Many of Amazon's biggest competitors are internet versions of brick-and-mortar retailers. For example, Walmart.com, HomeDepot.com, Target.com, and BestBuy.com are primarily online extensions of their physical storefronts: If they have it in the store, they have it online. But Amazon is a different animal in that it has the largest and most diverse marketplace by far. It features millions of sellers and a virtually unlimited selection. This long-tail approach is exceptionally valuable for both Amazon and customers since it makes nearly everything available from one place rather than relying on multiple online retailers to complete a shopping list.
More brands are launching on Amazon
Historically, many brands have tried to avoid selling their products on Amazon due to a perception that it was bad for their business. Many felt it would cannibalize their brick-and-mortar or website sales. The combination of COVID-19 and Amazon's growing influence has caused many of these companies to rethink their strategy. As physical stores continue to struggle and more people turn to Amazon almost exclusively for their shopping needs, brands now realize if they are not on Amazon, they are losing out on millions of prospective customers. In our experience, it's not unusual for a customer to visit Amazon in search of a product, not find it, and decide to purchase a competitor's item via the site rather than buy from a different online store. Thanks to this behavior, more brands recognize they need to be where the customer wants to buy or risk losing them entirely.
Amazon has lower prices
More and more, we are finding examples where Amazon's price for a product is less than other retail sites and, in some cases, the manufacturer's website. Loyal customers will often compare a price found elsewhere to Amazon before completing a transaction. The e-commerce leader's emphasis on pricing and intense competition among sellers on the site have made it one of the leaders in value. Unsurprisingly, shoppers understand that to be the case and are more likely to start their shopping on Amazon whenever possible.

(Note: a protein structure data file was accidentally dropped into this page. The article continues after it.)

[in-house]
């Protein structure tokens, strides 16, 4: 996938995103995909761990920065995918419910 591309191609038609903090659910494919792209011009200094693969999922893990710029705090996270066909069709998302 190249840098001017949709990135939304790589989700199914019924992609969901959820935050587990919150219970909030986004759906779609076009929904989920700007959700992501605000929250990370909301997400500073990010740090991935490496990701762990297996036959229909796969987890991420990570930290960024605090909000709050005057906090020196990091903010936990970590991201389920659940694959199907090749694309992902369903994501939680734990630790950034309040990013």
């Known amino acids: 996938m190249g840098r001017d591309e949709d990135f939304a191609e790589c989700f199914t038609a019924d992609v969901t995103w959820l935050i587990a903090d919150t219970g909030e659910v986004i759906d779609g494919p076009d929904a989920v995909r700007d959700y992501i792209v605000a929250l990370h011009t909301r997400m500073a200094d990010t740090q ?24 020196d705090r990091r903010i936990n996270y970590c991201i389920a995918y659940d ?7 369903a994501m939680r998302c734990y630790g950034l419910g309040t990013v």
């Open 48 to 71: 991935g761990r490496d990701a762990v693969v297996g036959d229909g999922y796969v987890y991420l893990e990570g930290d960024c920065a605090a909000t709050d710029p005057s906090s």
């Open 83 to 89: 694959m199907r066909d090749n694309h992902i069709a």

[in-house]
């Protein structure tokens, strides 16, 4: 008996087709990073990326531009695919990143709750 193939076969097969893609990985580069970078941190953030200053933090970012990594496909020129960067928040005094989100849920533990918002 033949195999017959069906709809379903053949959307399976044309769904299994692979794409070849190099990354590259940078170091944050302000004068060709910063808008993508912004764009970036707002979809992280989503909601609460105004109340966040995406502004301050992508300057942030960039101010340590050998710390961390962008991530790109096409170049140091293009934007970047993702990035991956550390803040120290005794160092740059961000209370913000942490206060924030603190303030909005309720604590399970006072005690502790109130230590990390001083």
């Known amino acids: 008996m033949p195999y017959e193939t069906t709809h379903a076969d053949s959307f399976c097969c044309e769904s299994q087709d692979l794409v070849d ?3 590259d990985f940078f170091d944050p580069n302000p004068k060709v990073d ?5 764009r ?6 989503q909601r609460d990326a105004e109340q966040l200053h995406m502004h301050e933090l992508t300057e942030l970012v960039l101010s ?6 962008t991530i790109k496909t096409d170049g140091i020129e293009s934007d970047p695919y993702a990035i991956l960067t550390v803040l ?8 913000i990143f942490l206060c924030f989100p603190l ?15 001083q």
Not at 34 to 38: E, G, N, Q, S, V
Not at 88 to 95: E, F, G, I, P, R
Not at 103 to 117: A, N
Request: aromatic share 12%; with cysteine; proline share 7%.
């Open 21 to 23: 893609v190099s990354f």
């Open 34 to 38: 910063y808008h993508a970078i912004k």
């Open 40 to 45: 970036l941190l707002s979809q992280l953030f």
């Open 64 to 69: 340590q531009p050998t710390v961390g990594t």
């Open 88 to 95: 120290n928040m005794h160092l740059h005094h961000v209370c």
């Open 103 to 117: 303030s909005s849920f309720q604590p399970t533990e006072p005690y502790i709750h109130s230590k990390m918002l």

A growing focus on consumer privacy is also having an impact on the ability to compete with Amazon. In the past, brands have tracked potential customers via cookie technology to target their digital advertising efforts better. Improved targeting translated to a lower cost of customer acquisition. However, Apple has recently limited the ability of companies to track user behavior across the internet on mobile devices, making it much harder for brands to target their ideal customers. The result has been increased costs to acquire customer data via Facebook and other platforms. As the price of targeting customers rises, the attractiveness of selling on Amazon will also grow since sellers there are not impacted by the same tracking issues.
Customer trust in Amazon is improving
As the Amazon marketplace faced exponential growth during the past decade, monitoring all the products going through the network became difficult. This challenge led to a significant rise in counterfeit products and other poor-quality items. But, in the past two years, we have seen a massive shift in Amazon's strategy to crack down on these issues, thus creating a much better customer experience. There are many reports that Amazon has shut down over one million fraudulent Amazon seller accounts and currently has a considerable team committed to policing these issues.
Prepare for what lies ahead with Amify
Amazon has proven to be the clear winner among e-commerce companies since the industry began. At Amify, when we look forward, we remain convinced that Amazon will only continue to outperform its competitors and add to its current market share. Brands should be prepared for this likelihood and plan a thoughtful approach for the coming years of growth on the platform before it is too late.
Take advantage of Amify's decades of experience in Amazon, e-commerce and direct-to-consumer strategy to help your business do just that. A partnership with us places a team of experts by your side to analyze the data and build an optimization plan that best aligns with your budget, capabilities and goals. Start a conversation today to find out more.